Rail ticket staff reduction criticism
Transport chiefs have branded a reduction in staffing levels and ticket office opening hours at West Midland rail stations as "terrible news" for passengers.
Centro, the region's transport authority, said it was "extremely disappointed" at a Government decision to allow train operator London Midland to make the controversial changes.
The office at Lye railway station, near Stourbridge, will be closed.
The station at Bescot Stadium will keep its office alongside Small Heath, the Jewellery Quarter, Duddeston and Adderley Park will have reduced hours.
Centro's lead member for rail, Councillor Roger Horton, said: "Passengers tell us they like to see a staff presence at stations because it makes them feel safe.
"Not only do staff perform a critical role in customer service but they act as a deterrent to criminal or anti-social behaviour. You don't get that from a ticket machine.
"This decision does nothing for passengers. It is a great pity that London Midland and the Department for Transport did not adopt our solution that would have delivered operational efficiencies and, most importantly, have met the needs of passengers."
Centro, along with watchdog Passenger Focus and more than 18,000 passengers, MPs and other individuals, opposed the staffing reductions when they were first proposed by London Midland last year.
In pushing forward the staffing reductions, London Midland pointed to the recent McNulty Report which looked at how Britain's rail network can be made more efficient and cost effective.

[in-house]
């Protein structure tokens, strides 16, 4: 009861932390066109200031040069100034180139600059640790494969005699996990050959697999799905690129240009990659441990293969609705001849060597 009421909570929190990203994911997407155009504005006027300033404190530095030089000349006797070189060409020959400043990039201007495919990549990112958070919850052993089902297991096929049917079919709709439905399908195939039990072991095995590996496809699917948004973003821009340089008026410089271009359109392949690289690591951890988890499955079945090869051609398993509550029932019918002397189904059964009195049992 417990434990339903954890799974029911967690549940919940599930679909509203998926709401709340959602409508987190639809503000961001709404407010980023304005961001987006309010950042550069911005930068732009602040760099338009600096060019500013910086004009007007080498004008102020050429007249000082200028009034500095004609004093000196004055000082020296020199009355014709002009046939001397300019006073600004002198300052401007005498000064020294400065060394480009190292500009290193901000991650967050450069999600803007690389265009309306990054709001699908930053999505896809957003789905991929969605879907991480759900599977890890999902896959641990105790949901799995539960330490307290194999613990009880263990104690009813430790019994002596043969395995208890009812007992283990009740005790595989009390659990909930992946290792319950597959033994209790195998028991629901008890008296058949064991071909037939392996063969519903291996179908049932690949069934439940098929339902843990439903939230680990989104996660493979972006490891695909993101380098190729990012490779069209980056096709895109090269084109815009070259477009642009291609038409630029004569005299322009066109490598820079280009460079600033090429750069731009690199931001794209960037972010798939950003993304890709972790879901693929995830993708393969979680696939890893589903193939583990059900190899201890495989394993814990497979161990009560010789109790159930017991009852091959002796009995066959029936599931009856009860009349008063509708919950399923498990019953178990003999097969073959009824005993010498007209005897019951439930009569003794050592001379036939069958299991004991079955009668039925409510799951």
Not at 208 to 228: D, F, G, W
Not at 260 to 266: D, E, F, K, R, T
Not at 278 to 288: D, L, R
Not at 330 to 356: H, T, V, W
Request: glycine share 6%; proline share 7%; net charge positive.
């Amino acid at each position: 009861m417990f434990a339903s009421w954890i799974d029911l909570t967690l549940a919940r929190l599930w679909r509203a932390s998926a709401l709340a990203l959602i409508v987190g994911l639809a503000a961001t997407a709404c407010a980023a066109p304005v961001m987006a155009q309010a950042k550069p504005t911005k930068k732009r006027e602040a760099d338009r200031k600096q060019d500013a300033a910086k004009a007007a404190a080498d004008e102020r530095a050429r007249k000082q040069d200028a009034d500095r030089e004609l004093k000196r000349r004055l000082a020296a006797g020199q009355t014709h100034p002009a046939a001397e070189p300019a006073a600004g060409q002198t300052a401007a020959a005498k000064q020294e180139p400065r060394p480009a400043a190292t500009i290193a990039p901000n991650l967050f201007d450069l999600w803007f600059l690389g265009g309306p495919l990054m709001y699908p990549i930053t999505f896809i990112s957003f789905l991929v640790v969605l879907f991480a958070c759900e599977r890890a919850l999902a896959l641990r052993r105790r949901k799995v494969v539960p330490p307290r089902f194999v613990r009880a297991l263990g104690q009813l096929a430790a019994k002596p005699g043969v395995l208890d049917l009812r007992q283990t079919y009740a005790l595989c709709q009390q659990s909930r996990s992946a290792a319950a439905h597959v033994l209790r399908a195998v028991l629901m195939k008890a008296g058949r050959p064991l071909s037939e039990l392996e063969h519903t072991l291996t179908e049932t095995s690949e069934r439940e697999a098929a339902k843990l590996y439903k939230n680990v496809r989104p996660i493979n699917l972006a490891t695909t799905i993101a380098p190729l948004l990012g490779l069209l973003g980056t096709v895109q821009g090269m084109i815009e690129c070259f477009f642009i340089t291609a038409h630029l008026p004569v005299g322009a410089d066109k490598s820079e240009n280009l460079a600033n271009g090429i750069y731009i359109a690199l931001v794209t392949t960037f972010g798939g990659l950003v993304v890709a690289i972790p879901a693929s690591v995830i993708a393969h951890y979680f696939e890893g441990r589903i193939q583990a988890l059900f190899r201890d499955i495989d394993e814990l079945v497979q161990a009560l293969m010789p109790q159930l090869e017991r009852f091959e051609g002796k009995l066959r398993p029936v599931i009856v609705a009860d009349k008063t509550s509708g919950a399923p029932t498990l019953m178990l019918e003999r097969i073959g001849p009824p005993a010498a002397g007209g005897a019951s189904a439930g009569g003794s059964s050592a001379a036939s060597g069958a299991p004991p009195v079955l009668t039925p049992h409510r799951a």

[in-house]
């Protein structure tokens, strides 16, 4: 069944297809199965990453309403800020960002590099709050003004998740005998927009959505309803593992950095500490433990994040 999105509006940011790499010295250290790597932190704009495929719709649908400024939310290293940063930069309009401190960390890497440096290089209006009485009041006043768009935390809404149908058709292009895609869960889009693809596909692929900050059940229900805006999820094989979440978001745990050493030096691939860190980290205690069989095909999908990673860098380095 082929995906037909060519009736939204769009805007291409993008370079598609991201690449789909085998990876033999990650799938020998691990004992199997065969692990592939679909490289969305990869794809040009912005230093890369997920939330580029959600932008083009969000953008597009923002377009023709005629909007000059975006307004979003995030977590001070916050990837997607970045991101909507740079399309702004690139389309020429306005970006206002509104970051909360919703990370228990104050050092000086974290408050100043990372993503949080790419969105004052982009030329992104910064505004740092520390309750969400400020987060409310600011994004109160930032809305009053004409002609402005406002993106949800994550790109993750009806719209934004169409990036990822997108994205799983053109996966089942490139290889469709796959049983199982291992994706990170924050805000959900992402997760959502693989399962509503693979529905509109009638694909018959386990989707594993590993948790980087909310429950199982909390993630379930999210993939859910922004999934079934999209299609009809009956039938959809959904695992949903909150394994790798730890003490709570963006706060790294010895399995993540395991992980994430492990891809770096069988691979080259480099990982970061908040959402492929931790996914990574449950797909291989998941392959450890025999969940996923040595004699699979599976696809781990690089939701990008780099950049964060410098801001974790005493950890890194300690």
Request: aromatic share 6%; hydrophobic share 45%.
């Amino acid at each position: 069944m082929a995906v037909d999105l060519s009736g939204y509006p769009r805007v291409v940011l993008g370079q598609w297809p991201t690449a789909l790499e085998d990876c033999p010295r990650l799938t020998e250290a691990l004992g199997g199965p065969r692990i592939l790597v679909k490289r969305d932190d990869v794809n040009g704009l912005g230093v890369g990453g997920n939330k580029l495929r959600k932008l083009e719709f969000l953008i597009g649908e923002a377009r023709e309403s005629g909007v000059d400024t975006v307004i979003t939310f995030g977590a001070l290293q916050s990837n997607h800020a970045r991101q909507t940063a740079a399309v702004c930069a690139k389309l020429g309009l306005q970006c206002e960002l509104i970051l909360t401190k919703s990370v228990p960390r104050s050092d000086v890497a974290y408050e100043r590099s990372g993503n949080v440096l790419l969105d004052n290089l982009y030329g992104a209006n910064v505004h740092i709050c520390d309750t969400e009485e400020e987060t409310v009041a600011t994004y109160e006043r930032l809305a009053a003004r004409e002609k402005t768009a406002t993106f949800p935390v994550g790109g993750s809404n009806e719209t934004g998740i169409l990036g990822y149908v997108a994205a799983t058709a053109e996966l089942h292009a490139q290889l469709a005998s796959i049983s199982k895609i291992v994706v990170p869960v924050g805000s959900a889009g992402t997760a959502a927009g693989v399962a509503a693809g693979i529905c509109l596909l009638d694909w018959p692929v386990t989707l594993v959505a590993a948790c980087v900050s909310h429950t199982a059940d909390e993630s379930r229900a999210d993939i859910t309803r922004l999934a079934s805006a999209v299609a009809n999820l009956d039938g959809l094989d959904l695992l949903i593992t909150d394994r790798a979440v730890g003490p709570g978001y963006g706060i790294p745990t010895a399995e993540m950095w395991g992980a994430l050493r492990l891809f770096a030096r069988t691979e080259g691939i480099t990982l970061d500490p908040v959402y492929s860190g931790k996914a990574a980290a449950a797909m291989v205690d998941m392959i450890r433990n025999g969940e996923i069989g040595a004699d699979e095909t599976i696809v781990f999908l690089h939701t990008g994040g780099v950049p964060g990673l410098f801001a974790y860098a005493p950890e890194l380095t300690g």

However Centro chairman Cllr John McNicholas said "London Midland recently said that reducing staff will not save them any money.
"If that is the case we fail to see why they did not listen to the 18,000 passengers and disabled groups who objected.
"We also fail to see what possible benefits there are to London Midland, the Department for Transport, or, most importantly, the passengers in driving through these changes.
"I can fully understand if passengers feel angry. They are entitled to be."
London Midland said fewer than half of tickets are bought over the counter with many selling online or at vending machines.
The reductions in opening hours will be concentrated at the beginning and end of the day or on Sundays and commercial director Richard Brooks said most passengers would notice no change.
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